RALEIGH — Beneath ornate Corinthian columns and a portrait of George Washington, in a chamber shaped like a Greek amphitheater, House lawmakers convened a session Thursday in the State Capitol where lawmakers first met 220 years ago.
The House approved a resolution commemorating the anniversary of the first session in the Capitol on Dec. 30, 1794. The General Assembly met there until 1831 when the Capitol burned down. It resumed sessions in the reconstructed building in 1841, where it met until 1961.
“As we sit in this old chamber and these desks, it would be almost appropriate to be wearing ... cutaway coats and powdered whigs,” said Rep. Bill Brawley, a Matthews Republican, “because this is a fitting place to remember the early days of the republic, which established a new standard of liberty for the entire world.”
The chamber is restored to its 1840s look, with pearl-gray walls and white trim, when a lawmaker’s office was their simple, hand-made wooden desk on the floor and when visitors (not so much lobbyists) sat in the cantilevered balcony, which now smells like mothballs.
For the session, the lawmakers crammed into the small wooden chairs and without the aid of a microphone spoke in booming tones. Rep. Chris Millis, a 6-foot-5-inch, 250-pound Hampstead Republican, said he didn’t mind the elbow-to-elbow semi-circle rows. “At least we have air conditioning,” he said.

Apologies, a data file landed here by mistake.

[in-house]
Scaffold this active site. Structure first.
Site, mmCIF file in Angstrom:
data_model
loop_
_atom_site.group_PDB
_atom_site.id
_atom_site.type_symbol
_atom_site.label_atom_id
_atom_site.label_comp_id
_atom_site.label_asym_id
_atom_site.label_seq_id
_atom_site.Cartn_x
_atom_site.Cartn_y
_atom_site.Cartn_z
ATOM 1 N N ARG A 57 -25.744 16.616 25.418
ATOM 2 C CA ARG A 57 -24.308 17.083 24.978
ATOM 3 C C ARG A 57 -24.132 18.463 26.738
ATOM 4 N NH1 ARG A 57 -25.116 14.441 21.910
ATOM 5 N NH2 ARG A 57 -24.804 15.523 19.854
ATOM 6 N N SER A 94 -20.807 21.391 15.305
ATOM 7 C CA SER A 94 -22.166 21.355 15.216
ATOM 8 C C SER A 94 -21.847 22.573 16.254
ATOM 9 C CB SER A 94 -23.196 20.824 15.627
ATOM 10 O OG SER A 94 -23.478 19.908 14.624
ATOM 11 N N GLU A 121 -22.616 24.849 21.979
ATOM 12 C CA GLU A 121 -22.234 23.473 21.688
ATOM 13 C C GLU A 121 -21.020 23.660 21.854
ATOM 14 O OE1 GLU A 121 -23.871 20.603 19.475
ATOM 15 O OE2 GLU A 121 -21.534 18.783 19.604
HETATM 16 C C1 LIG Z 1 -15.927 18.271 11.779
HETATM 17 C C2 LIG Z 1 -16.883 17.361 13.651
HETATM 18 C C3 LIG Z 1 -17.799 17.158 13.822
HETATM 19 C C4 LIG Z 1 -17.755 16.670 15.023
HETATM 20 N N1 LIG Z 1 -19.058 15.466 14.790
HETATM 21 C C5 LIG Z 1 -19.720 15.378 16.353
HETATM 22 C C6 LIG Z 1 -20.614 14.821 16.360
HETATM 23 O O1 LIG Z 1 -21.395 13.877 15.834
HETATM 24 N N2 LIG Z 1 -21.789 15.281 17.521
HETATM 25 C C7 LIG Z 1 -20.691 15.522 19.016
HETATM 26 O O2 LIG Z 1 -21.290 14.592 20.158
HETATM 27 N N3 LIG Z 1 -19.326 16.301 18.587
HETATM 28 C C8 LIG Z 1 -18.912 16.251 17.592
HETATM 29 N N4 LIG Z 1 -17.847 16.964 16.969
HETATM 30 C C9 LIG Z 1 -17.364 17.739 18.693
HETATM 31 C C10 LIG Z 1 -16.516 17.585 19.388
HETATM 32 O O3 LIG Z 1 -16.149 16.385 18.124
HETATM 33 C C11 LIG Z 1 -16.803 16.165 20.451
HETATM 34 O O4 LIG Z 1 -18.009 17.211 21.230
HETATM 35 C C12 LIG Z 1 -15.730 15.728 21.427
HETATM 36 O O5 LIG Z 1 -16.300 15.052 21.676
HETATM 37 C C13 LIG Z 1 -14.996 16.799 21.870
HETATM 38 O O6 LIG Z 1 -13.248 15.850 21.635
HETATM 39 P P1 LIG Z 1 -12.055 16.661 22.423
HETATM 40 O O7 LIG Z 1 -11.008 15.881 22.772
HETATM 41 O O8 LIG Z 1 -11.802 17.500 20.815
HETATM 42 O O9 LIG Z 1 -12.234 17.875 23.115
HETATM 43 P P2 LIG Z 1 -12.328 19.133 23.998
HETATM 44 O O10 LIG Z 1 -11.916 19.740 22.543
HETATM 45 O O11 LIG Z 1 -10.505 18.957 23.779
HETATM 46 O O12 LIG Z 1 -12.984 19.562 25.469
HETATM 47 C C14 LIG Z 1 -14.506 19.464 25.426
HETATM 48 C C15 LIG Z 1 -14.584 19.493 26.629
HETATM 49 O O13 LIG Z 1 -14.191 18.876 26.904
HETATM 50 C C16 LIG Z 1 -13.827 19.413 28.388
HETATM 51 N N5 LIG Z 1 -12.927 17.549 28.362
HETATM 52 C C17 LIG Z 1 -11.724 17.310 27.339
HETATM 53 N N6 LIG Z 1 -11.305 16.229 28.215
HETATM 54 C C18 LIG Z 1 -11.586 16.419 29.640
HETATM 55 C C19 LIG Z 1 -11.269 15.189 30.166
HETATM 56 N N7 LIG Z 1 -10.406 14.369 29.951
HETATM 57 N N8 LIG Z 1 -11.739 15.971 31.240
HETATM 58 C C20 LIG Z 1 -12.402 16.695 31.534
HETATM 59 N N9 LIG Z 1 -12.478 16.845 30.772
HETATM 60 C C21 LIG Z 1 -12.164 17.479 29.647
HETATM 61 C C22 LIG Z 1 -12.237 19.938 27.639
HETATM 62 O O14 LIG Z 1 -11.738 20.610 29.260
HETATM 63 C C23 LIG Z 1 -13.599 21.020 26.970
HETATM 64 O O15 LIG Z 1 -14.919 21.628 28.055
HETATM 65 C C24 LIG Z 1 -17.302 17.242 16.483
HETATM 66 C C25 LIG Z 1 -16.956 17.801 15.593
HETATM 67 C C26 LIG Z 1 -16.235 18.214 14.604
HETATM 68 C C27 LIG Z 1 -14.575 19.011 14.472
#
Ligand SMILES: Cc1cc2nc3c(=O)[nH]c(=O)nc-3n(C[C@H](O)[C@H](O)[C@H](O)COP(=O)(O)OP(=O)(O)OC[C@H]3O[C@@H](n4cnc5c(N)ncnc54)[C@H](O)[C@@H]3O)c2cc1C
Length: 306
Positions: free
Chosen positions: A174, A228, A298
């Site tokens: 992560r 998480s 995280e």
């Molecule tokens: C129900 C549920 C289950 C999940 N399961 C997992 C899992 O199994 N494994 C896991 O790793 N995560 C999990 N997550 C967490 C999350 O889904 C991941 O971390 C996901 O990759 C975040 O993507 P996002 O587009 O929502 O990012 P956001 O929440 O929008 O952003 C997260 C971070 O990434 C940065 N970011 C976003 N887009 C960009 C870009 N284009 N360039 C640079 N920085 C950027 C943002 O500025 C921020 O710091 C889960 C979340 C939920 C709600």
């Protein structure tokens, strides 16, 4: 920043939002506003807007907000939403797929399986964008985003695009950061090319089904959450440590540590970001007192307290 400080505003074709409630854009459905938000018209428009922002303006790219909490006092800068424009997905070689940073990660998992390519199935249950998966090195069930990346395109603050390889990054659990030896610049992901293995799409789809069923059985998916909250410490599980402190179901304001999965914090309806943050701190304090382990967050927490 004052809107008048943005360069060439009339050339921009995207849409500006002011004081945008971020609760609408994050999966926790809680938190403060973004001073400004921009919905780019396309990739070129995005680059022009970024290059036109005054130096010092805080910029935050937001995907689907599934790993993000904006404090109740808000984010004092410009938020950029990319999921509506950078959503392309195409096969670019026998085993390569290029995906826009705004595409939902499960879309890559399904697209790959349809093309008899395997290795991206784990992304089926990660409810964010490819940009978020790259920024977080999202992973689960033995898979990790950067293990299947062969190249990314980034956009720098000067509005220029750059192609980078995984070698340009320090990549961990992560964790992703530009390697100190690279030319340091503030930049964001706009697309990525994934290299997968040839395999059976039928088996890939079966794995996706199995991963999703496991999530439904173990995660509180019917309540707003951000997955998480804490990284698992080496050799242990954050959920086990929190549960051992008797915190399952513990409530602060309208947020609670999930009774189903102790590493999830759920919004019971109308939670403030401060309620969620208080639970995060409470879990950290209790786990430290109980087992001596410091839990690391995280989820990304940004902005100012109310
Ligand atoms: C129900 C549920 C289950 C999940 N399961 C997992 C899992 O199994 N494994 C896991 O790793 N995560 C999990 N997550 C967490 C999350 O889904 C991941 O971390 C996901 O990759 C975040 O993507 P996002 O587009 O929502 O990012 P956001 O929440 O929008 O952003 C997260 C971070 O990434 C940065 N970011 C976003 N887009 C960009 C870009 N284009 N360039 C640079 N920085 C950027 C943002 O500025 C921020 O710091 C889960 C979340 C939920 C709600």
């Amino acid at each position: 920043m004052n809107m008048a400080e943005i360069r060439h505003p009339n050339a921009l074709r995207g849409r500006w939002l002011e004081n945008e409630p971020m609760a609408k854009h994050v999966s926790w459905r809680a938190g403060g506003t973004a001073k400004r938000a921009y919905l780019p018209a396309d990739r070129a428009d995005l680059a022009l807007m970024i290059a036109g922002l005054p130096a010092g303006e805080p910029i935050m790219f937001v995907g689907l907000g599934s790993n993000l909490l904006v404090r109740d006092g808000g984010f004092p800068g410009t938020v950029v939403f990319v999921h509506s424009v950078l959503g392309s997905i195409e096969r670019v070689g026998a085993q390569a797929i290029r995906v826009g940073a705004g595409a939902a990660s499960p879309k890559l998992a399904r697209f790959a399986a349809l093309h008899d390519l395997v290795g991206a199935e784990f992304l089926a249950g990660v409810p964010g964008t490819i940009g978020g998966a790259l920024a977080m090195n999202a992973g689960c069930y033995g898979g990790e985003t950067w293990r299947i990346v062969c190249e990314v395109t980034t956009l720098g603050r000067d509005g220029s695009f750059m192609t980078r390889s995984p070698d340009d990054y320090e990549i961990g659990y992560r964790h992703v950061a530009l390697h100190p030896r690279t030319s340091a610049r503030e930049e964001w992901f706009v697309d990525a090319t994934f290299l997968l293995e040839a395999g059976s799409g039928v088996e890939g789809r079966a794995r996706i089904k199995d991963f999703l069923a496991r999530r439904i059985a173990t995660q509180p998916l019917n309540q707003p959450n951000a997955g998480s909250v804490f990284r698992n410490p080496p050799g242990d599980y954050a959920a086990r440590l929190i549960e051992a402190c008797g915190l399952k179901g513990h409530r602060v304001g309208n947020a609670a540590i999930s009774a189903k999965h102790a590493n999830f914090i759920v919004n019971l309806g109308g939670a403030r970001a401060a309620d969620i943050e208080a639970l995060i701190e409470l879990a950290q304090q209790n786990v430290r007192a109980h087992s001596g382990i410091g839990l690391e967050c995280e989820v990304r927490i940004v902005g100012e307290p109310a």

The resolution – H.R. 1175 – honored the locating of the capital near Isaac Hunter’s plantation in Wake County, even though historical records suggest it was his tavern, which served an entrancing cherry bounce liqueur, that served as the landmark.
House lawmakers approved the resolution with a simple voice vote. But another bill on the calendar gave lawmakers a glimpse of what legislating was like in decades past.
A measure to impose an occupancy tax on private residences rented through broker’s, a pressing issue ahead of the U.S. Open in Pinehurst, required a roll call vote.
The clerk called all 120 names individually and the lawmakers responded in turn, a far cry from the practice now, in which they push the green or red buttons on their roomy desks and check the vote on a scoreboard-like screen above the chamber on Jones Street.
As he waited for the clerk to hand-count the 109-0 vote, House Speaker Thom Tillis said the process “may be the best indication of how things have change over the years – it takes 15 seconds now.”
The Senate didn’t join the House at the Capitol, instead meeting in its current confines to consider contentious measures to allow fracking and reduce government regulations.